- Honour Roll
From the time of her graduation from the University of Melbourne Dr Lloyd-Green had a distinguished medical career at hospitals, including the Royal Melbourne Hospital, the Royal Children's Hospital and the Royal Women's Hospital, but most notably the Queen Victoria Memorial Hospital. There she was Medical Superintendent (1939-41), Honorary Gynaecologist (1945-69), Dean of the Clinical School (1964-65), and Honorary Consultant (1969-85).
Her status in her profession can be measured in part by the fact that she was the first woman to be a fellow of the Australian Medical Association (1969) and is a Fellow of both the Australian College of Obstetricians and Gynaecologists and the Royal College of Obstetricians. During this long and busy period of active practice Lorna found time to participate in a major way in organisations that were fighting to advance the social health and the educational and professional status of women, both in medicine and in the wider community.
In advancing the educational and professional status of women, she served as President of the Victorian Women Graduates Association (1951-52) and then as President of the Victorian Womens' Medical Society in 1948; Vice-President of the Australian Federation of Medical Women (1950-54 and 1962-65); Vice-President of the Medical Women's International Association (1958-68) and President (1962-65), being made a Member of Honour of that organisation in 1972. In 1970 she chaired the Congress of the Medical Women's International Association held in Melbourne.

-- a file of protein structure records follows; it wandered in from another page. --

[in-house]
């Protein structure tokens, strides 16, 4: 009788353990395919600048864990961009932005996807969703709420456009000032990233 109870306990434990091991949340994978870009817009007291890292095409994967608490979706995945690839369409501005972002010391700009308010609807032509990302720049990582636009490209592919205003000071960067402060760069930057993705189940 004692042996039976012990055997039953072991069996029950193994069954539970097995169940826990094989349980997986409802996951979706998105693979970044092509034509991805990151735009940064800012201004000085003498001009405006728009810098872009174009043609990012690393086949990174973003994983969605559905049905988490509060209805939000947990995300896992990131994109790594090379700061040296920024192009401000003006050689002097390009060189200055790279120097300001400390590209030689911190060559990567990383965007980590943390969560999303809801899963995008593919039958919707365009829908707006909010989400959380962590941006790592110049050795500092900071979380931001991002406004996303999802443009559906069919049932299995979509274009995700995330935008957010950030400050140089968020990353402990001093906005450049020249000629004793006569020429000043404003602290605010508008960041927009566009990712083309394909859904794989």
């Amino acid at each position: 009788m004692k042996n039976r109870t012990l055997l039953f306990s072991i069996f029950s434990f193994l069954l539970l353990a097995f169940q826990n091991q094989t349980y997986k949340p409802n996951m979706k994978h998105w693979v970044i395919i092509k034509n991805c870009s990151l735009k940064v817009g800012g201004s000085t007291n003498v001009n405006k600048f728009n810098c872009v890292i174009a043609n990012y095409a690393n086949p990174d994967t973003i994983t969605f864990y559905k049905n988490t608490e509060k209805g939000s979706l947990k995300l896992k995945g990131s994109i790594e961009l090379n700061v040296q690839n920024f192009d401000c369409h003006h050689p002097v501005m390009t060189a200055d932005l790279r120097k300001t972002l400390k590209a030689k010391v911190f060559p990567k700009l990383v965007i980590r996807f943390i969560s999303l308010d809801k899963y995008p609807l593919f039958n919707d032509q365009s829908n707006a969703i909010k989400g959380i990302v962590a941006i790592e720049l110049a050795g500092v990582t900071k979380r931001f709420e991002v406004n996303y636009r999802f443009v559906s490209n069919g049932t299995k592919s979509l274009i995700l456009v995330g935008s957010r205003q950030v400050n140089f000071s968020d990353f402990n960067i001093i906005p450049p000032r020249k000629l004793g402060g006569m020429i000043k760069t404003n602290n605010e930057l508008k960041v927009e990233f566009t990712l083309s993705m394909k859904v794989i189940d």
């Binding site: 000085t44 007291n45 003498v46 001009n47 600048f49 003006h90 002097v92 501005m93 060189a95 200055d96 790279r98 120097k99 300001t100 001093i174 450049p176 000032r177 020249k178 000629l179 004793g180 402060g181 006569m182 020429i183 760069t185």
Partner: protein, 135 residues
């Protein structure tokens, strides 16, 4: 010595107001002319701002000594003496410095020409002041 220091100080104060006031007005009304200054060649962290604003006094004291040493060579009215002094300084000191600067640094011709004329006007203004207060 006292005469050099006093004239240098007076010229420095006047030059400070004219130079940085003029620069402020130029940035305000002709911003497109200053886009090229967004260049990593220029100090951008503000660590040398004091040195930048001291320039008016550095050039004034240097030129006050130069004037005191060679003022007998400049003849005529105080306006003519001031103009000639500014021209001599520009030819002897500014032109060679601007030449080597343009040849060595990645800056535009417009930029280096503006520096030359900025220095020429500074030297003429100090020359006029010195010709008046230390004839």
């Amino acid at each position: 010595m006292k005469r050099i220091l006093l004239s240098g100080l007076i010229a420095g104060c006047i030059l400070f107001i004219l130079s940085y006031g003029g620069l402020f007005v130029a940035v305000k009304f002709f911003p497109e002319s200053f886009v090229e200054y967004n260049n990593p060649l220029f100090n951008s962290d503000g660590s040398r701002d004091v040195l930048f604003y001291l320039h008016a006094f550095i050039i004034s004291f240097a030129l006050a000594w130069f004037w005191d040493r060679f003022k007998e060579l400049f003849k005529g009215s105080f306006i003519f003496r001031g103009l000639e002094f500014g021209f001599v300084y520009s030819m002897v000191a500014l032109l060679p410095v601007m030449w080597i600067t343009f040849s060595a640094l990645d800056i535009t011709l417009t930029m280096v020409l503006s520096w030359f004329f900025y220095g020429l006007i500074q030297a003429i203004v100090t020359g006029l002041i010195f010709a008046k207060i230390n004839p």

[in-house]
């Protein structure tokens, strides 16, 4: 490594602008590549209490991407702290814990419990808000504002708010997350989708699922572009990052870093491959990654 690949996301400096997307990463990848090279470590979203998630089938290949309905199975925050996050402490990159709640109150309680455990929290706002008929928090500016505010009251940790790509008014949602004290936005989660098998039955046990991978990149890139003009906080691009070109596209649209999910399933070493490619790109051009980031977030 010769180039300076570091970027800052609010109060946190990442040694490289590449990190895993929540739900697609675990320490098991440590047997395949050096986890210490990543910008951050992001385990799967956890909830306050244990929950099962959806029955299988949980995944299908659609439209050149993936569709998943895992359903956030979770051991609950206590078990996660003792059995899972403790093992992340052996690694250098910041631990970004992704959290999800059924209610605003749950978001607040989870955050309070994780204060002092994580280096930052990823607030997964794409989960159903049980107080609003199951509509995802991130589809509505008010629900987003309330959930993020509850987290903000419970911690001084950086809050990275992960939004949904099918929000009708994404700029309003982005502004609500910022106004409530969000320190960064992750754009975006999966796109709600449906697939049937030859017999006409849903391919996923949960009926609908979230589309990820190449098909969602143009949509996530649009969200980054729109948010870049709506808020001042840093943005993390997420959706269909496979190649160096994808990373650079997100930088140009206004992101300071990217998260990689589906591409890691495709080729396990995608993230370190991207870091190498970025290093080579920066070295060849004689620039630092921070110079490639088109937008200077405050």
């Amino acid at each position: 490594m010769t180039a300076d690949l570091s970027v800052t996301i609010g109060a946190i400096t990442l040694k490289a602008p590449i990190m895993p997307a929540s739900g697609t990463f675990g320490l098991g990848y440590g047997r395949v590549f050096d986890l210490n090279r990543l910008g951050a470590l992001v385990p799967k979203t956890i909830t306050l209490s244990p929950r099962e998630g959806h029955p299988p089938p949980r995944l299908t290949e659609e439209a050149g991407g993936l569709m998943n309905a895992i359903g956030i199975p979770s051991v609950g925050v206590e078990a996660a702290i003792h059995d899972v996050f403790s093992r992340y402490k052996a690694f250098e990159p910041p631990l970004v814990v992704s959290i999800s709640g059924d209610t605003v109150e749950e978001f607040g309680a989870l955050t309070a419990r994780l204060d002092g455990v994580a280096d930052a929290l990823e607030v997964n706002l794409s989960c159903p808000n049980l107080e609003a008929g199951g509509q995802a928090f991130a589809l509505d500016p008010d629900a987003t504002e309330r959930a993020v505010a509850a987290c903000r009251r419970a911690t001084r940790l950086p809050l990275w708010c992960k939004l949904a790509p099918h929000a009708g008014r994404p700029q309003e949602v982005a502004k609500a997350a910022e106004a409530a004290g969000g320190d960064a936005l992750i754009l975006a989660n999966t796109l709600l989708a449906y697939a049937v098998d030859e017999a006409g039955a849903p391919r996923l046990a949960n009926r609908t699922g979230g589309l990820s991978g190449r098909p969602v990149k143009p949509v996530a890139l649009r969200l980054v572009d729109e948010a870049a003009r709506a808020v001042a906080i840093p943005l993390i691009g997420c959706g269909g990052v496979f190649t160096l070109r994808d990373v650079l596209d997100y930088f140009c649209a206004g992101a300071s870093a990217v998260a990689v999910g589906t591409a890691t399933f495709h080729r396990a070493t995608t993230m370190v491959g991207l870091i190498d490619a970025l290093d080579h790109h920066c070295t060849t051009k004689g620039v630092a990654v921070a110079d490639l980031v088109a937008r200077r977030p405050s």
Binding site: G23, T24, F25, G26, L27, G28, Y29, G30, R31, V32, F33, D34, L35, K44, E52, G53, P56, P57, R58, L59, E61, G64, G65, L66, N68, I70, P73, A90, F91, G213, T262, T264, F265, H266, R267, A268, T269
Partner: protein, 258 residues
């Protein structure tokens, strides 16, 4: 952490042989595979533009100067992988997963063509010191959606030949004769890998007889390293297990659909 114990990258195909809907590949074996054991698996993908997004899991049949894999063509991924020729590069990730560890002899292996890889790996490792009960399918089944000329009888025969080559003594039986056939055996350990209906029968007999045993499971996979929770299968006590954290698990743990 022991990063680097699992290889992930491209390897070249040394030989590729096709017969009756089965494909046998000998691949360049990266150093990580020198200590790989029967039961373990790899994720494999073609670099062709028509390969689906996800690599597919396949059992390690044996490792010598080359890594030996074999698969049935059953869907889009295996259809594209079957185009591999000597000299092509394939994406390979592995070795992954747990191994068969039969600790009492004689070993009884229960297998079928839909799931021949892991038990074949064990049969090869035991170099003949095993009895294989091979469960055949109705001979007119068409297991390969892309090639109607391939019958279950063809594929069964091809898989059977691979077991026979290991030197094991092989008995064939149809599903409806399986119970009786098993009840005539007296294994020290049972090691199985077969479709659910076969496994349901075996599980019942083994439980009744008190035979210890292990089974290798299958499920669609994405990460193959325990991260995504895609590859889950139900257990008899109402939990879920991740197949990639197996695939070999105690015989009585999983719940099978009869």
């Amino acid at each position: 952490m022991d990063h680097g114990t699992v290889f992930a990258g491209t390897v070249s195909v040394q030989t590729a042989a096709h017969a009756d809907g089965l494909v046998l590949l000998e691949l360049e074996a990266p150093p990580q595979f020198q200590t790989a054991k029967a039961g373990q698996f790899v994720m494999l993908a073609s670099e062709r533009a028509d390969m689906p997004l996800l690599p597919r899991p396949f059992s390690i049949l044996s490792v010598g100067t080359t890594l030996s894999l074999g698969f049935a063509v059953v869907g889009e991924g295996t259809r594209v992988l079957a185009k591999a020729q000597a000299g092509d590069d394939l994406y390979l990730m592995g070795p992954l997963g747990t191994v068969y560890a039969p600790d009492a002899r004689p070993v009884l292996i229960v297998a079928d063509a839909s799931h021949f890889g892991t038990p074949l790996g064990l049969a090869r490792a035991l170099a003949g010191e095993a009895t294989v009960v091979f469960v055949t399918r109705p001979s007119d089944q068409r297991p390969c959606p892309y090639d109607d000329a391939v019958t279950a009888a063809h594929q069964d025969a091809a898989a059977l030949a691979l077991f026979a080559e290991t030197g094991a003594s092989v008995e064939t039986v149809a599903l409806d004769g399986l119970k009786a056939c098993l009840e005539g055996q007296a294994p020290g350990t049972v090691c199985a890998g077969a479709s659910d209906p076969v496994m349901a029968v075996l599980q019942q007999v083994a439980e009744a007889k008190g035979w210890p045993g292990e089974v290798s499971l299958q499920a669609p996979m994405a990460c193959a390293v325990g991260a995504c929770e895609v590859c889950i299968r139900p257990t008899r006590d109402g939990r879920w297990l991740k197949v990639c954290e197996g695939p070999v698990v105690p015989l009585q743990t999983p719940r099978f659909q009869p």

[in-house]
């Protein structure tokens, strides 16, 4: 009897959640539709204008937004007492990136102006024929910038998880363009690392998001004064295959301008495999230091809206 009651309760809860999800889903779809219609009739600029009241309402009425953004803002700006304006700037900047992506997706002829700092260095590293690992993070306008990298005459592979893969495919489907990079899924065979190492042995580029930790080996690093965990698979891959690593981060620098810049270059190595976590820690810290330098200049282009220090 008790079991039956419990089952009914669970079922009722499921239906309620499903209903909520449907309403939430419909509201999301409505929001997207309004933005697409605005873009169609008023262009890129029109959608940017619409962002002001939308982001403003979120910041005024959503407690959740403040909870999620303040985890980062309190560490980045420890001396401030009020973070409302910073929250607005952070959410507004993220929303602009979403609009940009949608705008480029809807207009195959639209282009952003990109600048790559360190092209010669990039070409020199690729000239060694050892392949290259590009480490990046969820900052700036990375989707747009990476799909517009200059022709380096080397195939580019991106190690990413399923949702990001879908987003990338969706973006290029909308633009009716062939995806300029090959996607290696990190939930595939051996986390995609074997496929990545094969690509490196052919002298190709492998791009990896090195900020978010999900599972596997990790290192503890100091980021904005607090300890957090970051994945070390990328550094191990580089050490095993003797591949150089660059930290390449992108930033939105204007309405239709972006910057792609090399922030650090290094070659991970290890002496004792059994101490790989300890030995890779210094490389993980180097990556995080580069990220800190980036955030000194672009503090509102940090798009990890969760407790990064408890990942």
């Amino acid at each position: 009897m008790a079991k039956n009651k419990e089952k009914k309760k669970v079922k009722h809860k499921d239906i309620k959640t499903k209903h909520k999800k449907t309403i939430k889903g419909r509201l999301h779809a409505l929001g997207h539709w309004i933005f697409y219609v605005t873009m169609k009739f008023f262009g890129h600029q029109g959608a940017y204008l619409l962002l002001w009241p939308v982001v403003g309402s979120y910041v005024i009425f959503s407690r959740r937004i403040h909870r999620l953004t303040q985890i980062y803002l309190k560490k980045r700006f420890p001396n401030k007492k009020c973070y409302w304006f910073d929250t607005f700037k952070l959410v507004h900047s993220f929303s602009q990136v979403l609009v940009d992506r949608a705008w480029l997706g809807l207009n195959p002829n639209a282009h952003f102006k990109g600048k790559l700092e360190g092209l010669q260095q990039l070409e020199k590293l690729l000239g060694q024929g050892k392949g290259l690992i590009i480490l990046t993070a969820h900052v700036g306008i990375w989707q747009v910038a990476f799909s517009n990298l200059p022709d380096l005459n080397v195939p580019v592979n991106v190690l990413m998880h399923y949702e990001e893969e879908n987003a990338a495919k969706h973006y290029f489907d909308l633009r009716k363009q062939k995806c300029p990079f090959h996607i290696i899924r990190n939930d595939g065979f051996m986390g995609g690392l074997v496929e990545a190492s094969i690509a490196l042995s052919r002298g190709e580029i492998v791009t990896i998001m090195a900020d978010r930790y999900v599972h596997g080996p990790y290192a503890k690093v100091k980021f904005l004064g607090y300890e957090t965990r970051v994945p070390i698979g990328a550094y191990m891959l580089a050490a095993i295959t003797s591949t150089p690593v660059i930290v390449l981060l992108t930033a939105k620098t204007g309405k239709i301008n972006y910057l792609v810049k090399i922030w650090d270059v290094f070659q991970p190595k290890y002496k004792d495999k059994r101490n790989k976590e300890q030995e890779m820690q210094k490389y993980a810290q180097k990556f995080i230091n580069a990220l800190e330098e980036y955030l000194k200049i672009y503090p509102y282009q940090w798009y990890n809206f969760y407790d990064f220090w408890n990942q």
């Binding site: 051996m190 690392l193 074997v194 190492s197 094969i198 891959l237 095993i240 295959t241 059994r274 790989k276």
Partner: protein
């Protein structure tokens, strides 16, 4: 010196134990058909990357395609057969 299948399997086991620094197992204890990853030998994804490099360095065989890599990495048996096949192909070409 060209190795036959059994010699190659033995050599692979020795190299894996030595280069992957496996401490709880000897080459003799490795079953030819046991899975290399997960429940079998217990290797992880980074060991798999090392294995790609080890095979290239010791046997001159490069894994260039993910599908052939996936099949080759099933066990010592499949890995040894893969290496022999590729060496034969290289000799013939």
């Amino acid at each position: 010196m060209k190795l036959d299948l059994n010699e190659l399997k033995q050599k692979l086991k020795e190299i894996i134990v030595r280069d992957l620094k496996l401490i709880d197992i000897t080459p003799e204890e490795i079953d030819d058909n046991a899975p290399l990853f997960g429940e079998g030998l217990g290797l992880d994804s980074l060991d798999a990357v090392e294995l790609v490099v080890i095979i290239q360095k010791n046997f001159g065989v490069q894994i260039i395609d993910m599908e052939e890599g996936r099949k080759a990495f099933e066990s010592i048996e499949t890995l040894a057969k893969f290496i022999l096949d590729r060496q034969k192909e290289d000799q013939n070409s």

Lorna's achievements set a wonderful example of the way in which women can adapt their lives and continue to serve the community after retirement from their initial career. Throughout her medical practice Lorna maintained her skills as a pianist; in 1989 she commenced a new role as Music Therapist at the Bethlehem Hospital.
In that year she was scheduled to speak at the Annual Dinner of the Australian Federation of University Women - Victoria on 'Music as Therapy for the Terminally-ill'. On the morning of that occasion she had to have exploratory surgery on her throat. It was assumed she would have to cancel her engagement for the Dinner. But Lorna is a remarkably determined and courageous woman. She attended the Dinner and fascinated and inspired her audience with an account of how her work is capable of extending the boundaries of medical practice, bringing a measure of relief and positive acceptance to patients who are at the stage when medicine's power to cure is exhausted.
Lorna's long history of service has made a difference in the lives of many Victorians.